Strong Artificial Intelligence and Consciousness
Providing an alternative view to the theories of weak artificial intelligence is strong artificial intelligence. This approach redefines intelligence to include more than just the ability to solve complex tasks, or simply convince observers that such a quality exists within a system, as per the Turing Test. Strong AI theory rests upon the principle that complex machine systems such as neural networks are capable of establishing connections between different sets of data which were not previously programmed into the system. In other words, the ability to learn. A system which begins and continues to learn, creating and building a knowledge base, it is theorized, increasingly has the ability to exhibit intelligent behavior (Gackenbach, Guthrie, Karpen 1998).
This is not intelligence as defined by Turing; instead it is the very real ability of a system to solve problems of computation or reasoning based on trial and error. If one method of problem solving does not succeed in producing the desired result, a system with an appropriate number of connections can explore different possibilities, much as a human mind would analyze a problem (Minsky 1982). There has been much debate centered around the question of whether out of such learning would truly emerge an intelligent, much less conscious, network. Many argue that consciousness does not simply arise out of intelligent behavior (Gackenbach et al. 1998). Instead, resting on dualistic principles, self-awareness cannot be duplicated just by arranging the appropriate pieces of a network together and letting them function; there is property which is intangible and thus unable to be "built in."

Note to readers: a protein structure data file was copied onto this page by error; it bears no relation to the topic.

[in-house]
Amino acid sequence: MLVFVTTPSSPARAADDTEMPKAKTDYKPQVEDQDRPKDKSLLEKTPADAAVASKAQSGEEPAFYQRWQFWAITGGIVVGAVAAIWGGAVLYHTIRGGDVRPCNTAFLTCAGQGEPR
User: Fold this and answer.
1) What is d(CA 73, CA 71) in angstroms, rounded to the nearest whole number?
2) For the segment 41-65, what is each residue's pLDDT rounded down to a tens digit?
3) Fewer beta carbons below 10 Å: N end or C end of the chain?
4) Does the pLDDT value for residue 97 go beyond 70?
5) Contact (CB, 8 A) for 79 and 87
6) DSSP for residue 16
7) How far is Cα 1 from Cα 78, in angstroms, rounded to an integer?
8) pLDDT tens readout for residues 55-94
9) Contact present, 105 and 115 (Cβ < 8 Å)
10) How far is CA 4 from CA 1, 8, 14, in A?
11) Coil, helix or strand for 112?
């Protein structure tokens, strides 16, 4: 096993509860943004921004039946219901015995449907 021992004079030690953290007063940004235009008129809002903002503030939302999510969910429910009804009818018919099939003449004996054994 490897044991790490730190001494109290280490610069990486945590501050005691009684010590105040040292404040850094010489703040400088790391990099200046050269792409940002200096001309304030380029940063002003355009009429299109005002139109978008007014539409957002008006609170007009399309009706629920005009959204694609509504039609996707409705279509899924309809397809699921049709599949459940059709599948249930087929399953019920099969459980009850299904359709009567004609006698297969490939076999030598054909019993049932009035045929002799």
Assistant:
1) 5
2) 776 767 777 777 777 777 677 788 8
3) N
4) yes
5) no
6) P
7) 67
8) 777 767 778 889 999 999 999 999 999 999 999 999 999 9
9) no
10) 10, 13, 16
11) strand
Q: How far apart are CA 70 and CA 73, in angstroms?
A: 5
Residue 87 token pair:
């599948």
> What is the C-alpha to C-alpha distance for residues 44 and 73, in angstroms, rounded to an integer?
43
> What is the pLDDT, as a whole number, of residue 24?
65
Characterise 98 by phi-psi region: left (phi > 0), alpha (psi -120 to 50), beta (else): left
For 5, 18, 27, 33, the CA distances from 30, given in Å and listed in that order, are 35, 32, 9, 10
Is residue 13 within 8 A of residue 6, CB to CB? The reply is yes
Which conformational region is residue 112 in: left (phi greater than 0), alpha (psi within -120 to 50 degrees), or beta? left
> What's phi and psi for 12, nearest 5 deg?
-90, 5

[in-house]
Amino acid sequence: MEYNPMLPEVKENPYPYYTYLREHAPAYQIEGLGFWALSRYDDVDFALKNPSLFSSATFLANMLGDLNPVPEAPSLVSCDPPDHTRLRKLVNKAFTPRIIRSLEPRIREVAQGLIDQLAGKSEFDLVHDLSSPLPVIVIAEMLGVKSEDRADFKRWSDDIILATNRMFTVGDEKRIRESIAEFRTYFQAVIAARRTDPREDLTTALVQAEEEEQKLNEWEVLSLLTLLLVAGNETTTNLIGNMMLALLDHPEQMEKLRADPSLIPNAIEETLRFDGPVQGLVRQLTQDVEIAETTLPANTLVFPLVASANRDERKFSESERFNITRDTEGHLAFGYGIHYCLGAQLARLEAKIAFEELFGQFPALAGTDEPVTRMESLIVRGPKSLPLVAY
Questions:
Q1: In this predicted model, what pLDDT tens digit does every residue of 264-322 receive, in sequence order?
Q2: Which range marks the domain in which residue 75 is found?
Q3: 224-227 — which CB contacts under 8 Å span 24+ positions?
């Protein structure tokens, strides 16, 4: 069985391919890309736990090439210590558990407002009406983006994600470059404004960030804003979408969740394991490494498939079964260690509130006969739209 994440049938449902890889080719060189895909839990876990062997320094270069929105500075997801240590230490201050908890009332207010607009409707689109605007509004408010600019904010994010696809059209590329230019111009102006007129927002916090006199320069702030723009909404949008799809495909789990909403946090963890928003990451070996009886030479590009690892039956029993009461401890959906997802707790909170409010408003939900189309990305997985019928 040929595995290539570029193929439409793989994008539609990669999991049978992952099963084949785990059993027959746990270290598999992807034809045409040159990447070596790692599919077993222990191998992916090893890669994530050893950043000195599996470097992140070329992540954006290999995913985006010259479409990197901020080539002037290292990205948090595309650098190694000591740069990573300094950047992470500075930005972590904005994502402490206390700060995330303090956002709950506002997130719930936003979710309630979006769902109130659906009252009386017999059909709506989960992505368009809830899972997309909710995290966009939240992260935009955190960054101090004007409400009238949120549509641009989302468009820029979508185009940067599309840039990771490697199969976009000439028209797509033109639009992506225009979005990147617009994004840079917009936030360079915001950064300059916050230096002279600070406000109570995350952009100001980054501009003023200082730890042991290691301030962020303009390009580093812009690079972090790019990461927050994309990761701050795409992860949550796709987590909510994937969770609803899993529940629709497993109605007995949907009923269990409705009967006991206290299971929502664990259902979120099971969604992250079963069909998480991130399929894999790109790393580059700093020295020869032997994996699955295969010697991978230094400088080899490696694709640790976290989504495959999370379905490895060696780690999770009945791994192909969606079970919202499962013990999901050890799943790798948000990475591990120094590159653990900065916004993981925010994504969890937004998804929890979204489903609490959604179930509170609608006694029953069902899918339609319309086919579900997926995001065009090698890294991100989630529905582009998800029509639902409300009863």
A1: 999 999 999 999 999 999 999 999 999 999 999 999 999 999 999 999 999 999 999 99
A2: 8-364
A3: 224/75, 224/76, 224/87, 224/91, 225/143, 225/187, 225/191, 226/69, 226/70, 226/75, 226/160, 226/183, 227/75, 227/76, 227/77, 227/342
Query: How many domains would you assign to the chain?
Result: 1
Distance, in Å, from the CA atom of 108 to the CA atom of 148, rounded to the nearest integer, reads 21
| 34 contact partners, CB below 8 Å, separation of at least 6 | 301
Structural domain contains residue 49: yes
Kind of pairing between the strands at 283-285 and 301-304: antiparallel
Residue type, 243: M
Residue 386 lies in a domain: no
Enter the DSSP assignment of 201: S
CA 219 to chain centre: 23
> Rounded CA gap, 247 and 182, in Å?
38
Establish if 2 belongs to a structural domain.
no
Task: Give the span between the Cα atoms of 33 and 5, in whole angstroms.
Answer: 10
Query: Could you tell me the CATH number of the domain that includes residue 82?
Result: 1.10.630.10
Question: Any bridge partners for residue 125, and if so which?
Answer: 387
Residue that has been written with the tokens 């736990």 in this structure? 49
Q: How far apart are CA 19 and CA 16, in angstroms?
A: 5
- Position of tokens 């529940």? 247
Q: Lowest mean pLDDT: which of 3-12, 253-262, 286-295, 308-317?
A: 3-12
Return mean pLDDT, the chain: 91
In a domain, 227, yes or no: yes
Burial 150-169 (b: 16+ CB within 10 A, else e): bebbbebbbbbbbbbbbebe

The answer offered by the strong AI position holds that consciousness is an "emergent [property] of any computational system with sufficient levels of self-modification" (Hunt 1995, 59). That is, consciousness and self-awareness are able to be (or will be in the...
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